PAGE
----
First Cultivation of Health-Associated Tannerella sp. HOT-286 (BU063).
1308 - 1313
J Dent Res
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Despite significant advances in recent years in culture-independent molecular microbiology methods, the detailed study of individual bacterial species still relies on having pure cultures in the laboratory. Yet, more than a third of the approximately 700 bacterial taxa found in the human oral cavity are as yet uncultivated in vitro. One such taxon, Tannerella sp. HOT-286 (phylotype BU063), is the focus of much interest since it is associated with periodontal health, while Tannerella forsythia, its closest phylogenetic neighbor, is strongly associated with periodontal disease. HOT-286, however, has remained uncultivated despite the efforts of several research groups, spanning over a decade. The aim of this study was to cultivate Tannerella sp. HOT-286. A heavily diluted sample of subgingival plaque was inoculated onto culture plates supplemented with siderophores (pyoverdines-Fe complex or desferricoprogen) or a neat plaque suspension. After 8 d of anaerobic incubation, microcolonies and colonies showing satellitism were passaged onto fresh culture plates cross-streaked with potential helper strains or onto cellulose-acetate membranes placed over lawn cultures of helper strains. Subcultured colonies were identified by 16S rRNA gene sequencing, and purity was confirmed by sequencing 20 clones per library prepared from a single colony. Three colonies of interest (derived from pyoverdines- and plaque-supplemented plates) were identified as Tannerella sp. HOT-286. The isolates were found to be incapable of independent growth, requiring helpers such as Propionibacterium acnes and Prevotella intermedia for stimulation, with best growth on membranes over "helper" lawns. A representative isolate was subjected to phenotypic characterization and found to produce a range of glycosidic and proteolytic enzymes. Further comparison of this novel "periodontal health-associated" taxon with T. forsythia will be valuable in investigating virulence factors of the latter and possible health benefits of the former.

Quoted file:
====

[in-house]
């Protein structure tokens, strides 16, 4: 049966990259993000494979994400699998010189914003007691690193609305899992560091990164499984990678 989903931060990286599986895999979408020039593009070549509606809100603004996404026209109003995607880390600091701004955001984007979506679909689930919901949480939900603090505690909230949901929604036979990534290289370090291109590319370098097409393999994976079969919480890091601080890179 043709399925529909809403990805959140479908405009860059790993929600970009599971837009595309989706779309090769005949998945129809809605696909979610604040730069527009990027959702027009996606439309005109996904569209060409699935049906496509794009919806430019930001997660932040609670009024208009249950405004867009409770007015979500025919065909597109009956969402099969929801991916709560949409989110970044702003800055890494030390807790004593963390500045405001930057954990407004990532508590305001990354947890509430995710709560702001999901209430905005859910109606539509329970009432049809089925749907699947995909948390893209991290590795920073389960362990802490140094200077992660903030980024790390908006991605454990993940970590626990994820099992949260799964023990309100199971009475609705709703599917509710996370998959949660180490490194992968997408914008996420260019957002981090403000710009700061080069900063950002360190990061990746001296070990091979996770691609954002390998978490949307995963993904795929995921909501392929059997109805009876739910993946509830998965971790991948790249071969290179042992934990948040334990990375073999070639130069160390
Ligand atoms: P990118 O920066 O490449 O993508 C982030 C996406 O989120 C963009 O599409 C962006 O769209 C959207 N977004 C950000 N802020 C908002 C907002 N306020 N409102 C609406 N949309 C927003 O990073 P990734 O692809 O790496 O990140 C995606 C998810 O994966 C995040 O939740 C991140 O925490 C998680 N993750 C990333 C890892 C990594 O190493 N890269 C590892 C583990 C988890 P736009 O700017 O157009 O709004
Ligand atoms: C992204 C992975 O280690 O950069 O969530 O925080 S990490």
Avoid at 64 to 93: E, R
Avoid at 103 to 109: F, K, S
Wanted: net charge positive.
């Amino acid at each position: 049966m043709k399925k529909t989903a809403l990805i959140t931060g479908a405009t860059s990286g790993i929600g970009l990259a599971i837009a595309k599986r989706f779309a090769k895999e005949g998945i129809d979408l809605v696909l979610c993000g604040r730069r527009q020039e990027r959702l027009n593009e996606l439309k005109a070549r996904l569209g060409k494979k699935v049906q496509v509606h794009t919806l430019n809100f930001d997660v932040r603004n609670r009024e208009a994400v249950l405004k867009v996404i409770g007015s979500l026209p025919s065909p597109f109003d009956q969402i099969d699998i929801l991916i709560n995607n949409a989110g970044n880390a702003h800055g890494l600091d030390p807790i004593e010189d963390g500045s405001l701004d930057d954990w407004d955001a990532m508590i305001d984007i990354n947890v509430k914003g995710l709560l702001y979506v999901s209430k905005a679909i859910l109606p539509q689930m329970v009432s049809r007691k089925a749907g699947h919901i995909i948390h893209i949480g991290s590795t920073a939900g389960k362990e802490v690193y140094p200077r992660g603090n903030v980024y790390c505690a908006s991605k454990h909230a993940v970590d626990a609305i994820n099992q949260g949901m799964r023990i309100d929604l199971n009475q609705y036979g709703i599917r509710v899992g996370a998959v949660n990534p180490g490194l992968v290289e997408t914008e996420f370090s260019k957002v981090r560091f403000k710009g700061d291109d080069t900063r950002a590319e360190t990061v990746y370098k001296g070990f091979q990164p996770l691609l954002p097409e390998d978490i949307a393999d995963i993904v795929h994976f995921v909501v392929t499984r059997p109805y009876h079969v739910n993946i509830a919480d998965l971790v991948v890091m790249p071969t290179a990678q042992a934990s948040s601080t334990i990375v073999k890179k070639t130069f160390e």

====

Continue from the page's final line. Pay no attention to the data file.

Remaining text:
AuthorsVartoukian, SR; Moazzez, RV; Paster, BJ; Dewhirst, FE; Wade, WG
- College Publications